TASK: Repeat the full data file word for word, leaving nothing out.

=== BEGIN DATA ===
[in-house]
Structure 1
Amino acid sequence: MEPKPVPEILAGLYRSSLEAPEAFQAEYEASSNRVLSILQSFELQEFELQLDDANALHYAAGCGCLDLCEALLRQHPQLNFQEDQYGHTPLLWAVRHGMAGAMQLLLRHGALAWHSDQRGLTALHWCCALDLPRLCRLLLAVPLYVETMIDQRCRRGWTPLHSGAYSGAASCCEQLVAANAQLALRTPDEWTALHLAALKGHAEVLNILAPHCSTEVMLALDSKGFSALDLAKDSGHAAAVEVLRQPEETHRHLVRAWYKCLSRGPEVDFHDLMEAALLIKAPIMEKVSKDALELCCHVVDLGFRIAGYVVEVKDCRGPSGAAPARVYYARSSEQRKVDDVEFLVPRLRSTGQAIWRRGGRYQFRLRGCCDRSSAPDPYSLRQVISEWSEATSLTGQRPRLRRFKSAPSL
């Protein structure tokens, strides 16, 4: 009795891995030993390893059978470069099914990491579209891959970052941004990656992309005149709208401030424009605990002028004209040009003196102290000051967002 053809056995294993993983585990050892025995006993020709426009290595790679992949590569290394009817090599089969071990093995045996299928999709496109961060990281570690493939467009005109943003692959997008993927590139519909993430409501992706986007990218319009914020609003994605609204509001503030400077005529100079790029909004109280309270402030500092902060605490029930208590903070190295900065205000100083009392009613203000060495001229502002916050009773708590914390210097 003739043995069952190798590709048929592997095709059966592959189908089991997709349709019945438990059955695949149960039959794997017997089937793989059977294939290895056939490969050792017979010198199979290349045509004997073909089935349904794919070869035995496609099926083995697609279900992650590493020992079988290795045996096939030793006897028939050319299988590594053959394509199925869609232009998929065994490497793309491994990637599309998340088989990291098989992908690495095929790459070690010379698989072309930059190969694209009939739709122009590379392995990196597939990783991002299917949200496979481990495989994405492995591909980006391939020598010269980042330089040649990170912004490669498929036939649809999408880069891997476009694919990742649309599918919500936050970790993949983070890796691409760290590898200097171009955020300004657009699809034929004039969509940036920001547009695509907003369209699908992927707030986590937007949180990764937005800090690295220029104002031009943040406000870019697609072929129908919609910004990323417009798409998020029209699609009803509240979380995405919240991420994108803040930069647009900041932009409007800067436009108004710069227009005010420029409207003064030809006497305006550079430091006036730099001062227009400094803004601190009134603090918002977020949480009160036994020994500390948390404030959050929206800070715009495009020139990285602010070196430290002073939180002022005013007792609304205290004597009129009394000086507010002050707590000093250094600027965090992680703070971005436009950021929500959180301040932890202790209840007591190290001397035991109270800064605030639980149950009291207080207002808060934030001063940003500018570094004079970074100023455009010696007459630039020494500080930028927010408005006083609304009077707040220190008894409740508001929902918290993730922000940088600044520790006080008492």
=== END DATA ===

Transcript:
[in-house]
Structure 1
Amino acid sequence: MEPKPVPEILAGLYRSSLEAPEAFQAEYEASSNRVLSILQSFELQEFELQLDDANALHYAAGCGCLDLCEALLRQHPQLNFQEDQYGHTPLLWAVRHGMAGAMQLLLRHGALAWHSDQRGLTALHWCCALDLPRLCRLLLAVPLYVETMIDQRCRRGWTPLHSGAYSGAASCCEQLVAANAQLALRTPDEWTALHLAALKGHAEVLNILAPHCSTEVMLALDSKGFSALDLAKDSGHAAAVEVLRQPEETHRHLVRAWYKCLSRGPEVDFHDLMEAALLIKAPIMEKVSKDALELCCHVVDLGFRIAGYVVEVKDCRGPSGAAPARVYYARSSEQRKVDDVEFLVPRLRSTGQAIWRRGGRYQFRLRGCCDRSSAPDPYSLRQVISEWSEATSLTGQRPRLRRFKSAPSL
């Protein structure tokens, strides 16, 4: 009795891995030993390893059978470069099914990491579209891959970052941004990656992309005149709208401030424009605990002028004209040009003196102290000051967002 053809056995294993993983585990050892025995006993020709426009290595790679992949590569290394009817090599089969071990093995045996299928999709496109961060990281570690493939467009005109943003692959997008993927590139519909993430409501992706986007990218319009914020609003994605609204509001503030400077005529100079790029909004109280309270402030500092902060605490029930208590903070190295900065205000100083009392009613203000060495001229502002916050009773708590914390210097 003739043995069952190798590709048929592997095709059966592959189908089991997709349709019945438990059955695949149960039959794997017997089937793989059977294939290895056939490969050792017979010198199979290349045509004997073909089935349904794919070869035995496609099926083995697609279900992650590493020992079988290795045996096939030793006897028939050319299988590594053959394509199925869609232009998929065994490497793309491994990637599309998340088989990291098989992908690495095929790459070690010379698989072309930059190969694209009939739709122009590379392995990196597939990783991002299917949200496979481990495989994405492995591909980006391939020598010269980042330089040649990170912004490669498929036939649809999408880069891997476009694919990742649309599918919500936050970790993949983070890796691409760290590898200097171009955020300004657009699809034929004039969509940036920001547009695509907003369209699908992927707030986590937007949180990764937005800090690295220029104002031009943040406000870019697609072929129908919609910004990323417009798409998020029209699609009803509240979380995405919240991420994108803040930069647009900041932009409007800067436009108004710069227009005010420029409207003064030809006497305006550079430091006036730099001062227009400094803004601190009134603090918002977020949480009160036994020994500390948390404030959050929206800070715009495009020139990285602010070196430290002073939180002022005013007792609304205290004597009129009394000086507010002050707590000093250094600027965090992680703070971005436009950021929500959180301040932890202790209840007591190290001397035991109270800064605030639980149950009291207080207002808060934030001063940003500018570094004079970074100023455009010696007459630039020494500080930028927010408005006083609304009077707040220190008894409740508001929902918290993730922000940088600044520790006080008492």